• Malaria parasites had developed a genetic mutation that protected them against the drug in early life, the mutation eventually killed the parasites by stopping production of an essential type of energy as they grew.
  • The researchers studied a model strain of rodent malaria and a deadly strain of human malaria to confirm the resistant parasites could not be spread by mosquitoes, thereby preventing the re-infection of humans. 

 

4) NASA missions measure solar flare from space.

  • Scientists, using NASA`s solar-watching missions, have captured the most comprehensive observations of an electromagnetic phenomenon called `current sheet (solar flares).
  • The strongest solar flares can impact Earths ionosphere and interfere with our communications systems, like radio and Global Positioning System (GPS), and also disrupt onboard satellite electronics.
  • Solar flares are intense bursts of light from the Sun, created when complicated magnetic fields suddenly rearrange themselves, converting magnetic energy into light through a process called magnetic reconnection.
  • Current sheets form when two oppositely-aligned magnetic fields come in close contact, creating very high magnetic pressure.
  • Electric current flowing through this high-pressure area is squeezed, compressing it down to a fast and thin sheet.
  • Scientists want to pin down the processes that create solar flares and even some day predict them before our communications can be interrupted.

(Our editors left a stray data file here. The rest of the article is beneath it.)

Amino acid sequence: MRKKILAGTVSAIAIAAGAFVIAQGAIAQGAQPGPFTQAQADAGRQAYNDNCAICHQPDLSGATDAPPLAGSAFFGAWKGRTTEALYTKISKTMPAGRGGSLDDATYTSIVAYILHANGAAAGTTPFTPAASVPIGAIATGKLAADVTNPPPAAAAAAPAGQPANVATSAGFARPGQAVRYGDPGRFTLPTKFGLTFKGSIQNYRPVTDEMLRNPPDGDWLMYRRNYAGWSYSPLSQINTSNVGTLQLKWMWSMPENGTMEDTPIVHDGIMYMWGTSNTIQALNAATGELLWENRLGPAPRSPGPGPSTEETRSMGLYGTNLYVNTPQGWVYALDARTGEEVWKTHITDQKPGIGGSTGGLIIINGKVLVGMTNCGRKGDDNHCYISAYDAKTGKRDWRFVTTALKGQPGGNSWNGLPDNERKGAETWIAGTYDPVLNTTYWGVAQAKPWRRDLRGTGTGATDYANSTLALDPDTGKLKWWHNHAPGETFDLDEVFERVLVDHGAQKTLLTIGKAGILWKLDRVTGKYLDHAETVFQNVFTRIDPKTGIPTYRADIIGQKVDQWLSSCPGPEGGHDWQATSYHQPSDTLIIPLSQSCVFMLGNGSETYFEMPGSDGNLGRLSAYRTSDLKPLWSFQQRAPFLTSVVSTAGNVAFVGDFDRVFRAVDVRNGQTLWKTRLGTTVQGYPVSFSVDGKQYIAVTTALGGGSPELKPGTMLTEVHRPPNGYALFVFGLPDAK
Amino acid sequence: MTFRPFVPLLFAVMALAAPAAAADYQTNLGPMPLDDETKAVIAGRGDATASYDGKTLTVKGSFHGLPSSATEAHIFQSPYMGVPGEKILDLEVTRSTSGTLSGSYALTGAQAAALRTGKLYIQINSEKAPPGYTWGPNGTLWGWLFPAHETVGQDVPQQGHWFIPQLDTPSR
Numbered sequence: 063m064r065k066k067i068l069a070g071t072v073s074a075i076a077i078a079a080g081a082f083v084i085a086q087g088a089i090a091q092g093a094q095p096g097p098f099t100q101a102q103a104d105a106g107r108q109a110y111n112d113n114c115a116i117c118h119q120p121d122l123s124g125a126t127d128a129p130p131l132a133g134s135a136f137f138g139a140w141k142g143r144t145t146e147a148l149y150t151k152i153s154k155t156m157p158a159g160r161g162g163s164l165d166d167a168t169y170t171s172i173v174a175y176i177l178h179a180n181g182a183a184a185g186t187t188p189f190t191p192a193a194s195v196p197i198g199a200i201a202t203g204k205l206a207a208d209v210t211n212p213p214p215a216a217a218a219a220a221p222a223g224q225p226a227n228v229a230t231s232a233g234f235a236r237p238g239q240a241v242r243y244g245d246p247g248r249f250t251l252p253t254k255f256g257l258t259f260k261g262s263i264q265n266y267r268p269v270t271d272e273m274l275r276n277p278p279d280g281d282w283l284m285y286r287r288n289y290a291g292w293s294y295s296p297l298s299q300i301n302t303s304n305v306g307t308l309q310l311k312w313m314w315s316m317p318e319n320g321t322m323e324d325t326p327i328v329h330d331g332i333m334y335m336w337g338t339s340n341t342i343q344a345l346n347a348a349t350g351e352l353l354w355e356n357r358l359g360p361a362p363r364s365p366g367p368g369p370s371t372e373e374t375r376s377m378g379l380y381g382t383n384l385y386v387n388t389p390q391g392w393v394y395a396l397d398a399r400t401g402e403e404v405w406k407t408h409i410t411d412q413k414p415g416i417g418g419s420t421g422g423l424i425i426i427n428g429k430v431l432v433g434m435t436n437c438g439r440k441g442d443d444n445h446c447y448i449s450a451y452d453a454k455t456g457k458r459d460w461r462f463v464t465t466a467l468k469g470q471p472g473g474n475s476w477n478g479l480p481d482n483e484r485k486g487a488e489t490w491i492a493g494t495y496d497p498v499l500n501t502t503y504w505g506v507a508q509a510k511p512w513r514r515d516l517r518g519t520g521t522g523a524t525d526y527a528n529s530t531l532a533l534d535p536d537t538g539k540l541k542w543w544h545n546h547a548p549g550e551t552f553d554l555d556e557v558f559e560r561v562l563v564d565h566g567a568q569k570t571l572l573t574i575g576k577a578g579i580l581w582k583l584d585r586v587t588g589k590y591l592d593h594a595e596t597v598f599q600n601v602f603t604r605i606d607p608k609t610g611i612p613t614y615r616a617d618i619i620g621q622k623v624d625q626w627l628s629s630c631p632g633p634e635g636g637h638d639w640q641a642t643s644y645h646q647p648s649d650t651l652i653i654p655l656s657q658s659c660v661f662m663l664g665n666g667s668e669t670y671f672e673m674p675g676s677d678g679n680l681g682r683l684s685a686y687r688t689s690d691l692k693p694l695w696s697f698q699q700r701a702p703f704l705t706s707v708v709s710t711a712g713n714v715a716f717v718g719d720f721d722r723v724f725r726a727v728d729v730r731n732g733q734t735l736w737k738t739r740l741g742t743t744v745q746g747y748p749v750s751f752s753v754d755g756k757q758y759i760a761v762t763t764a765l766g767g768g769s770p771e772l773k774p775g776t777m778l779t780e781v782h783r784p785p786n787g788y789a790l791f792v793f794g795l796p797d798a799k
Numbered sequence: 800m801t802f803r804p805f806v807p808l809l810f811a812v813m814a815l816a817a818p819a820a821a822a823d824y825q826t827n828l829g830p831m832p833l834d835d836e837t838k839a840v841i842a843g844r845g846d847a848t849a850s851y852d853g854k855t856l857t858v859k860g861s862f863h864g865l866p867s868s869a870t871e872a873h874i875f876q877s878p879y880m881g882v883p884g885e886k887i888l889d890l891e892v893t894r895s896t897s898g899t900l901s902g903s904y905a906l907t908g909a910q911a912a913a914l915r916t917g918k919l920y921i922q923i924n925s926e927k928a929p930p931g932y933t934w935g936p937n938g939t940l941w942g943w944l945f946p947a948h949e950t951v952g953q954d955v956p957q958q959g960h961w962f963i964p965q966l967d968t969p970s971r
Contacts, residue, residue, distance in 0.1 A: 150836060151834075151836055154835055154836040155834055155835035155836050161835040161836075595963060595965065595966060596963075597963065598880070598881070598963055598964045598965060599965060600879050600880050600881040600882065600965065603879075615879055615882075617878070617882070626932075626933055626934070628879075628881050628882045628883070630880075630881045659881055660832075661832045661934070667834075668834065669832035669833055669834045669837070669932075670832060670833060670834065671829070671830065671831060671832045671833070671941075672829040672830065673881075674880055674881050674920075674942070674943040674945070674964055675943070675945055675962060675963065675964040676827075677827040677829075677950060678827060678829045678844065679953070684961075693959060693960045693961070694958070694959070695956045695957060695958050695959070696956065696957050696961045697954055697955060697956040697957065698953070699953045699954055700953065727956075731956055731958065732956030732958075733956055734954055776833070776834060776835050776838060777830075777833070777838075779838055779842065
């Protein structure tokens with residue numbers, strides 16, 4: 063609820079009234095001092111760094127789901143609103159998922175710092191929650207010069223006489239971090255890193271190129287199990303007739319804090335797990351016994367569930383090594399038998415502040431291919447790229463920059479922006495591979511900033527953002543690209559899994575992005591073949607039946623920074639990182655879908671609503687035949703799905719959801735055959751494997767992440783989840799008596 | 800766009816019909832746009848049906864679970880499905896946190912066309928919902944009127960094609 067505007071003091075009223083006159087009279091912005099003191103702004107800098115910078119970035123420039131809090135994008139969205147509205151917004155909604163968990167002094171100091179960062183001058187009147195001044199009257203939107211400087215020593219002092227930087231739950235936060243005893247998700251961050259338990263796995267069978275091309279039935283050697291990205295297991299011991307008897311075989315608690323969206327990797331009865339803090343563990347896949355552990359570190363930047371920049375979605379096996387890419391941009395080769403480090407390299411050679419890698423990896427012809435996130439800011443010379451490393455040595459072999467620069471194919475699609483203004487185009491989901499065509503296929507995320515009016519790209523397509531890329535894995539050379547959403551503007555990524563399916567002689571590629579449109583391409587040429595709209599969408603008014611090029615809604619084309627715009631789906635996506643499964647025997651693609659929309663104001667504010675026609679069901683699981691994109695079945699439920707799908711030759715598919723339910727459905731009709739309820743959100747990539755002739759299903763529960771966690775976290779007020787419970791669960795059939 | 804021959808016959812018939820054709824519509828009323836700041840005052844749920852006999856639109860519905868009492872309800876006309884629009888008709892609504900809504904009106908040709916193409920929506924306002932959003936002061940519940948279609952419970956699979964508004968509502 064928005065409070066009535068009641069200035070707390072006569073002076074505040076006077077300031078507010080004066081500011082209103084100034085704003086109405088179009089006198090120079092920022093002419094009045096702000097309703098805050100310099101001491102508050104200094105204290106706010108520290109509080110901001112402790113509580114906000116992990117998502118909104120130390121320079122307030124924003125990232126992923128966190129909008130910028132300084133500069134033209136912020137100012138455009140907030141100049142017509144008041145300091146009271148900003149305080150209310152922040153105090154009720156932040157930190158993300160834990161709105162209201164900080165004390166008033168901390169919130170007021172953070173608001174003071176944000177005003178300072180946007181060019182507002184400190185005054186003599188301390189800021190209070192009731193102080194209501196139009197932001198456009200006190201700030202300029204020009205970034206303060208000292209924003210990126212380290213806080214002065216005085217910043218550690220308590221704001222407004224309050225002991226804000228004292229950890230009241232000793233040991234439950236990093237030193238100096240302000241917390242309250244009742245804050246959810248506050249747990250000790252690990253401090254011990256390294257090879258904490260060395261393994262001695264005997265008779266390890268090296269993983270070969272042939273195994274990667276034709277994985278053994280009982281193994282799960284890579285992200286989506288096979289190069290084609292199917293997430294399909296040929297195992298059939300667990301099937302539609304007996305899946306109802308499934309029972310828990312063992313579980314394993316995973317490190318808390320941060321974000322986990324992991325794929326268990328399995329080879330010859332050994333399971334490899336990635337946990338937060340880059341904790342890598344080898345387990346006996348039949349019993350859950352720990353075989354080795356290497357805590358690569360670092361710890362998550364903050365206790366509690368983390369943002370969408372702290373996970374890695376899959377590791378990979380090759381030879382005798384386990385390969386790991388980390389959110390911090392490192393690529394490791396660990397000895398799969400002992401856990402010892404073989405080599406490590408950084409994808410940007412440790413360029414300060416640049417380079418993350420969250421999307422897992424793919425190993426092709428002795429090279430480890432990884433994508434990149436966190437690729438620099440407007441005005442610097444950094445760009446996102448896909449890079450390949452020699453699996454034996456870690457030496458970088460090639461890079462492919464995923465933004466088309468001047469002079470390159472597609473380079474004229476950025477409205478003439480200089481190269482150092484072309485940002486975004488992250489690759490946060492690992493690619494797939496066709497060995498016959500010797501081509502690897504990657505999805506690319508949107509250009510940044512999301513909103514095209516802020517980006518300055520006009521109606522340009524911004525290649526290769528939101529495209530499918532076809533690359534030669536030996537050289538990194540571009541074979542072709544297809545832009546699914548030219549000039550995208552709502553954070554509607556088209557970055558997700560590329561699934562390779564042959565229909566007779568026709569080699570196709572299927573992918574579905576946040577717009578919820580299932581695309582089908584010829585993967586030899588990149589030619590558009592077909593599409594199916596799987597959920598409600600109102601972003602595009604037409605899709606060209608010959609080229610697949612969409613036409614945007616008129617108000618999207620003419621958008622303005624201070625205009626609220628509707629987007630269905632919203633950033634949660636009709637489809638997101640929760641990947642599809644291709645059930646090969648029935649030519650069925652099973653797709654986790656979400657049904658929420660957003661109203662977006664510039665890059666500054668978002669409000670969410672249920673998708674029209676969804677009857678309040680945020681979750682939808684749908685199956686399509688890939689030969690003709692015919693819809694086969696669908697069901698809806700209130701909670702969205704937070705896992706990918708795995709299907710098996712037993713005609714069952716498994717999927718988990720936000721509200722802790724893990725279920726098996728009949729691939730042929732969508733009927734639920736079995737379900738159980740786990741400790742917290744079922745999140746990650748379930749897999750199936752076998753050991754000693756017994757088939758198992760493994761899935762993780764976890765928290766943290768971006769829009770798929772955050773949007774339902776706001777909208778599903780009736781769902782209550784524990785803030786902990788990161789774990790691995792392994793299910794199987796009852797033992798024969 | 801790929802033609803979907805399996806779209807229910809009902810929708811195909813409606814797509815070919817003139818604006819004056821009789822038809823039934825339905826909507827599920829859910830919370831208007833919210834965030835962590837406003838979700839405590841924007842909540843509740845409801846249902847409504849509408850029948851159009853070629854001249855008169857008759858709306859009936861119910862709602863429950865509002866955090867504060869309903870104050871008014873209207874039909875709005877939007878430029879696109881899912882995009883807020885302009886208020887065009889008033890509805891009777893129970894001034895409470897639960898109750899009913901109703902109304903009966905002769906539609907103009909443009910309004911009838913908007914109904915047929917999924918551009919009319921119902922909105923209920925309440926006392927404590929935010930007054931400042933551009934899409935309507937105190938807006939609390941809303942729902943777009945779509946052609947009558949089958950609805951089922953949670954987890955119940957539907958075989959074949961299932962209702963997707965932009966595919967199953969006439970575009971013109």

5) ISRO Scientists made world’s lightest material `Silica Aerogel`.

  • Scientists from Indian Space Research Organisation (ISRO) have indigenously developed world’s lightest synthetic material called ‘silica aerogel’ or ‘blue air’.
  • Silica Aerogel is the lightest synthetic material ever made by man.
  • It was developed by the team of scientist from ISRO’s e Vikram Sarabhai Space Centre, Thiruvananthapuram.
  • The matrix of aerogel is made up of 99 per cent air. In its present development stage it is still very fragile and brittle.
  • The material is so light weight that it can be delicately placed on a flower head.
  • It has an excellent thermal resistance and if it is used as filler in soldiers` uniforms it can save many lives at the Siachen glacier.
  • The material can be used both in space and on Earth. Scientists also hope it can be used to insulate rocket engines. 

6) Pakistan to launch satellite to monitor China-Pakistan Economic Corridor projects.

  • China and Pakistan have signed an agreement for the launch of a special satellite to monitor the development of the multi-billion dollars China-Pakistan Economic Corridor (CPEC) projects.
  • The two sides agreed for the development and launch of the `Pakistan Remote Sensing Satellite (PRSS-1) System` and in this regard launch a satellite in June 2018.
  • This agreement will also transfer space technology to Pakistan as the PRSS-1 is considered as yet another flagship project between China-Pakistan after CPEC.